Re: [OPE-L] Marx's Form of Analysis

From: Gerald_A_Levy@MSN.COM
Date: Wed Feb 16 2005 - 20:31:28 EST

> No doubt. But how much of this is relevant to the theory of
> value?  The scattergun approach is not very illuminating.

Hi Phil:

Hmmm. Weren't you the same person the other day that in reply
to the question "Why?, repeatedly asked ?Why not?"?
OK,  let's go with that approach.

> Consider -- for the sake of simplification -- what happens
> before, during, and after a 'period'.
> Before time period t,  labour _and_ labour-power
> exist only as potential.  Prior to the wage contract,
> it can not be known what amount of potential wage-
> labourers will actually get jobs working for capital.

You don't think the wage contract has any relevance to the
theory of value?

> There is also obviously a gap between potential wages
> and benefits and actual wages and benefits!

You don't think that has any relevance to the theory of
value including the magnitude of surplus value?

> After the wage contract has been agreed to, there is still
> only potential unless and until work is extracted by capital
> from wage-workers in the process of production during
> time period t.

The extraction of work from workers has no relation to
the magnitude of value and surplus value?

> Even where and when work is actually
> extracted, capital does not know whether the actual
> extraction of work from workers will equal the potential
> (or even average or customary) work extracted, e.g. the actual
> intensity of labour may be and often is quite different from
> the potential intensity of labour.

The intensity of labor has no relation to the theory of

> During time period t,  also, the potential access to means
> of production may be different from the actual access,
> e.g. there may be an unanticipated shortage of raw materials
> required for production.  The potential constant fixed
> capital may be also different from the actual constant
> fixed capital, e.g. due to price changes in machinery or
> restrictions on the diffusion and mobility of machinery
> caused by property rights.

Property rights have no relation to value?

Price changes in fixed capital have no relation in
terms of  what a given amount of invested money-capital in
c can cause in terms of the transfer of value?

> In the continuation of the production process after
> production where the commodity product is transported
> to the market, there can -- for various (natural or social)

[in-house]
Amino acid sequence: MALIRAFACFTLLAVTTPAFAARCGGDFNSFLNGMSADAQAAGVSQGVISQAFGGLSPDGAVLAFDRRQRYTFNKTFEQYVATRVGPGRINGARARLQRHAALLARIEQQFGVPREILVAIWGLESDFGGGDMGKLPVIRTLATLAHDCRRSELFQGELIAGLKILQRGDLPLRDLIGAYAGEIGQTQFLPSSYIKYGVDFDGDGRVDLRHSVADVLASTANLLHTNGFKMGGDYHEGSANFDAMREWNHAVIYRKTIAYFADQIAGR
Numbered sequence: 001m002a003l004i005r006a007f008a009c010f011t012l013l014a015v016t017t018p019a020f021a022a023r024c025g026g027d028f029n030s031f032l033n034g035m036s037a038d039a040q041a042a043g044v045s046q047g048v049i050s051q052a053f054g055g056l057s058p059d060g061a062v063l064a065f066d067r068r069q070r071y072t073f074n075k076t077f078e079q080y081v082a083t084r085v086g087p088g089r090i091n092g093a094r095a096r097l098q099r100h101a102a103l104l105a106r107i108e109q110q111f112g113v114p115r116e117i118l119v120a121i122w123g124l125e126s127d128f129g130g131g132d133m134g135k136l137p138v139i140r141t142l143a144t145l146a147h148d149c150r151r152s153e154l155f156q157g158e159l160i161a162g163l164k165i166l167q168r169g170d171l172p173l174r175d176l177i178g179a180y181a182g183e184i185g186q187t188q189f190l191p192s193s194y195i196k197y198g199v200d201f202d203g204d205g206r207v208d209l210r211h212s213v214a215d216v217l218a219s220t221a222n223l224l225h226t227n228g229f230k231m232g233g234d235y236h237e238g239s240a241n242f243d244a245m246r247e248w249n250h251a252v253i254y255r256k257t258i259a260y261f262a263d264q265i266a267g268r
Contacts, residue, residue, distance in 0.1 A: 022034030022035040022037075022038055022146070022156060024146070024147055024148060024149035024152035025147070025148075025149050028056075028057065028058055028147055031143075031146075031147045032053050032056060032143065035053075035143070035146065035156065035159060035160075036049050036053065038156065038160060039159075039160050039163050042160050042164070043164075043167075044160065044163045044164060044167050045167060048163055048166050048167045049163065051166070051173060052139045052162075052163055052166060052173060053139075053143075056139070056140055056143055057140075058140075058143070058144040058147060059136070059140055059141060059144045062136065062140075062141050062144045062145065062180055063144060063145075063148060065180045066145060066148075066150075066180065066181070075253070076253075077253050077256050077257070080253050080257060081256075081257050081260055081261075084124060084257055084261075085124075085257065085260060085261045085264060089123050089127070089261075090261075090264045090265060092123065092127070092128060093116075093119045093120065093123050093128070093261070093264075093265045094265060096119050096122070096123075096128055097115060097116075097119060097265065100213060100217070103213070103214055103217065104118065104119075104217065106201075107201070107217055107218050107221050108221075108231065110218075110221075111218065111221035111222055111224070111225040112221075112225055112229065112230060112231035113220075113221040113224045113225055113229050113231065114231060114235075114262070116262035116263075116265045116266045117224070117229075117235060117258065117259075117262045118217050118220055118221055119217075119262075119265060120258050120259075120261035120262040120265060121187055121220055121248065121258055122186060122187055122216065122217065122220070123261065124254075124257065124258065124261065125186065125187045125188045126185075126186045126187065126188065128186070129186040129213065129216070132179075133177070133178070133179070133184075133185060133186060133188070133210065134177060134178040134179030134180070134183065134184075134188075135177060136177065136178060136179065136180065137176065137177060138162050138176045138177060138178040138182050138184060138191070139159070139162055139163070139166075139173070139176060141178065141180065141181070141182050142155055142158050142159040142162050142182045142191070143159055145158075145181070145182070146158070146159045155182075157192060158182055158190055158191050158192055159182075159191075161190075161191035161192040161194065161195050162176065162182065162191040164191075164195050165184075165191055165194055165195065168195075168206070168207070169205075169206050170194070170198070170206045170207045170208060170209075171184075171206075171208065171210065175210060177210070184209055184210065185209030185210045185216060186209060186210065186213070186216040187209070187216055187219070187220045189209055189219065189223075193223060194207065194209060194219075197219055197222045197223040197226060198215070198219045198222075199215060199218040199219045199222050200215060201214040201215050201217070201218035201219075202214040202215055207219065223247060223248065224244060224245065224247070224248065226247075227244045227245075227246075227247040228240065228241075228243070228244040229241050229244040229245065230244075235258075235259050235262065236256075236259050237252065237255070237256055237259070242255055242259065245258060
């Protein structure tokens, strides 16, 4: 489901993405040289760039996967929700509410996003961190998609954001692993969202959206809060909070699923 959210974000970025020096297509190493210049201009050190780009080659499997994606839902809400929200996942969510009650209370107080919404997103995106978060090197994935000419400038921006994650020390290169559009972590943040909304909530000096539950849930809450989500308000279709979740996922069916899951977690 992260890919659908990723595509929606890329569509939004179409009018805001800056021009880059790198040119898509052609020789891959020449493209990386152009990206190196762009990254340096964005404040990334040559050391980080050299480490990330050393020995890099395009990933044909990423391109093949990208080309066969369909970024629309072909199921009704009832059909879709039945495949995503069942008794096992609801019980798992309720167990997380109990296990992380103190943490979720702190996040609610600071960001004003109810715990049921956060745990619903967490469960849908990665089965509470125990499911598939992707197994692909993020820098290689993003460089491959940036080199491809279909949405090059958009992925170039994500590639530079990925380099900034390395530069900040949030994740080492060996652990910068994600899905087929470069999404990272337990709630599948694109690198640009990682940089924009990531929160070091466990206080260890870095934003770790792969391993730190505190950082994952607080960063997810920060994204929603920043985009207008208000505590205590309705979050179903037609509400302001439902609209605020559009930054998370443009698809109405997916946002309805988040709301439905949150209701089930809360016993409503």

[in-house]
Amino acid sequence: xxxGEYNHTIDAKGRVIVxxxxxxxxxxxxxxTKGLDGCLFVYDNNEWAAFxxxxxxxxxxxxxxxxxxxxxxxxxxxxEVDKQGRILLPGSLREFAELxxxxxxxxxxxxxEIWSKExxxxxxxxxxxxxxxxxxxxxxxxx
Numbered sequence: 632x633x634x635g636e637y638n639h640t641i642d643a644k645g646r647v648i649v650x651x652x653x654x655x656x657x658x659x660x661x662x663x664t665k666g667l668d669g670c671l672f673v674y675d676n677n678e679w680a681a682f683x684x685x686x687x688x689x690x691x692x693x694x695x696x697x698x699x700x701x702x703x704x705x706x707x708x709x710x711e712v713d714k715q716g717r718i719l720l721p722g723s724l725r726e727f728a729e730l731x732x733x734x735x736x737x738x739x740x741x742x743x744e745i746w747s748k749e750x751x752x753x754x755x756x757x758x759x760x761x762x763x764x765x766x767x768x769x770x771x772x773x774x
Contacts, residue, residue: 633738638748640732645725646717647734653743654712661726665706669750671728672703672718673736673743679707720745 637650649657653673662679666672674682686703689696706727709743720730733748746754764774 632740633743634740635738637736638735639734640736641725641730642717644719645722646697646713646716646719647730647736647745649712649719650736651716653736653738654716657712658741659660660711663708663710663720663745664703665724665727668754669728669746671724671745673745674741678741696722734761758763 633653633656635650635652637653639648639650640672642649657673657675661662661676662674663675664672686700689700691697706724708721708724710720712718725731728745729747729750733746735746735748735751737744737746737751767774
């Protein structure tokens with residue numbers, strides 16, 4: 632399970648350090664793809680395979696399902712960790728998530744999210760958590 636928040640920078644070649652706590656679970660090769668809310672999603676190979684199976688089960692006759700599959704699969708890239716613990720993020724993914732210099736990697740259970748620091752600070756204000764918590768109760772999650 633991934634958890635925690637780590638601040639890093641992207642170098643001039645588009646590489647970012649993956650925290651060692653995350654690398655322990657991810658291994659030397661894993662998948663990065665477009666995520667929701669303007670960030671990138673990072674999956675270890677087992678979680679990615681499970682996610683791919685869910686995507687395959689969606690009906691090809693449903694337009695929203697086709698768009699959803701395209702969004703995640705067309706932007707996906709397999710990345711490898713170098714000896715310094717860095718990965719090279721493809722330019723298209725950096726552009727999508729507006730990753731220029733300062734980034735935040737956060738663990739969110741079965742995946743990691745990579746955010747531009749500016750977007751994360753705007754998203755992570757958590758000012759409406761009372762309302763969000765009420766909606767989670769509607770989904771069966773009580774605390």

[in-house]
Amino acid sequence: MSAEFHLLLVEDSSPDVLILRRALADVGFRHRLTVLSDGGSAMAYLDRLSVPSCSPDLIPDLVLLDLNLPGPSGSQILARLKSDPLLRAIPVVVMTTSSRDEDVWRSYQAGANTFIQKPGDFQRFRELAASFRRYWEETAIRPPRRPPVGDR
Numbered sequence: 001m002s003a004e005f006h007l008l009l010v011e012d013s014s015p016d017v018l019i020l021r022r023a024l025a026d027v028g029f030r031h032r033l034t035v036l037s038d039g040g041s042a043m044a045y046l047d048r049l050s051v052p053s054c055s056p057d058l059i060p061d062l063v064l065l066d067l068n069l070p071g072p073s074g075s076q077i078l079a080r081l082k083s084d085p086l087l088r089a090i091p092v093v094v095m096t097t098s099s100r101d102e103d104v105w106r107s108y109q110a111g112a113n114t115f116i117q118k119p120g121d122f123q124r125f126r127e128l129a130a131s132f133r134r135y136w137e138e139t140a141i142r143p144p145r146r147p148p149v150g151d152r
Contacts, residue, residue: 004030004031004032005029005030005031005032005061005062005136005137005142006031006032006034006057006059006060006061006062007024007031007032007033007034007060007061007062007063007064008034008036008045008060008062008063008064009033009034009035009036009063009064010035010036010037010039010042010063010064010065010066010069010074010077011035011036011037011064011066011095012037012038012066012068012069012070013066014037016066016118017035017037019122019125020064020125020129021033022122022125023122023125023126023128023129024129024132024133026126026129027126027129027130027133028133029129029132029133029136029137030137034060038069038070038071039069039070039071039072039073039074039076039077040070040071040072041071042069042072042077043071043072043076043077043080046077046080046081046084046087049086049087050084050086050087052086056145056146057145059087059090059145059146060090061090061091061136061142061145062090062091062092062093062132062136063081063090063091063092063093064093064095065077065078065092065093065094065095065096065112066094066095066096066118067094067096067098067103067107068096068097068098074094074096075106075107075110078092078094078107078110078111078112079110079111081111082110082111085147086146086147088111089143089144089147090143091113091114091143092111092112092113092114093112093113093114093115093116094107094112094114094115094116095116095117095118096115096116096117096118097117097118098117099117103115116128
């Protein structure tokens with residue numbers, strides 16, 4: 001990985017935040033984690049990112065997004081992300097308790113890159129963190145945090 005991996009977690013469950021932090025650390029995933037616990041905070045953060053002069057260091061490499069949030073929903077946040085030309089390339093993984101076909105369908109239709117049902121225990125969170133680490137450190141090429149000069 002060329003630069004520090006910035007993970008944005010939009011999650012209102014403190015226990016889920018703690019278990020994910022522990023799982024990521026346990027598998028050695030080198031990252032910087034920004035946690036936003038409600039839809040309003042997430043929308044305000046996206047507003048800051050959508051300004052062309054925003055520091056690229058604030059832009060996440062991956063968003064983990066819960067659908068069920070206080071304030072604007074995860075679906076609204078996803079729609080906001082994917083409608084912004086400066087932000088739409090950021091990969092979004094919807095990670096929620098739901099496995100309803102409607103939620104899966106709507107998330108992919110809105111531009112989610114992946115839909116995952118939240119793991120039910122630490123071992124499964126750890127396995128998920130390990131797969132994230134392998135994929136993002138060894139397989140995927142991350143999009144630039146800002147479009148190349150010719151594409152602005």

> reasons -- be a gap between the actual output brought to
> market in saleable condition  and the potential commodity
> product brought to market.

This doesn't have any meaning for the value that can
potentially be actualized?

> There is then no guarantee that all of the actual output
> will be sold or what the actual prices will be.

No relevance for our understanding of value?

> It is only
> after the commodity output is sold and values are
> actualized that surplus-value can be converted into
> capital. The actual amount of surplus value reinvested
> as c and v in t + 1 will generally be different from the
> potential amount of surplus value that could have been
> invested because of  the unproductive consumption of
> surplus value by the capitalist class.  What the rate of
> productive and unproductive consumption of surplus
> value will be will not be known until it actually happens.

No relevance for the reproduction of value and surplus

> Prior to t + 1,  even after capitalists have a sum of
> money-capital ready for purchasing c and v they don't
> know what actual wages will be until after the wage
> contract is renewed and they don't know what the
> actual price and quality of means of production will
> be.

No relevance for the ongoing  temporal process of
value and surplus value creation?

Changes in the quality of means of production (and
the process of moral depreciation) have no relevance
for understanding the actual amount of value
transferred by c?

> Both classes recognize the difference between potential and
> actual and this often forms the basis of both 'offensive'
> and 'defensive' struggles by the working class.  E.g. the
> struggle by workers for a short workweek is, in part (but
> only generally, partly) a struggle based on a desire to
> fulfill more of their potential as human beings.

Absolute surplus value has no relevance for our grasp
of value?

> The struggle
> by others in capitalist society is also based on their
> recognition as groups and individuals of the discrepancy
> between their potential and their actual conditions.  Social
> movements, e.g. the environmental movement, also
> recognizes this duality.  Indeed, without the recognition
> that there is a difference between the potential and the
> actual, then we would all give up hope and there would
> be no struggles against capital and the state.  But, isn't
> it in our nature as human beings -- even under the worst
> conditions -- to hope for better, to see the potential for
> a better life?

No relevance for comprehending the 'other' to value?
I.e. a dynamic that moves in a different direction from

> Etc. Etc. Etc.  At every temporal and spatial step there
> is the possibility and/or the reality of divergences between
> the actual and the potential.

The theory of value does not have temporal and spatial

> Risk and uncertainty are
> inherent in all moments of the production and circulation
> processes and in the reproduction of capital.

Risk and uncertainty are unrelated to the value-form?

> The dichotomy
> between potential and actual is inherent in the money-form,
> the commodity-form, the capital-form and all other forms
> associated with capitalism.

The dialectic of potential/actual has no relevance for form

Your aswers to the above questions should be illuminating.

In solidarity, Jerry

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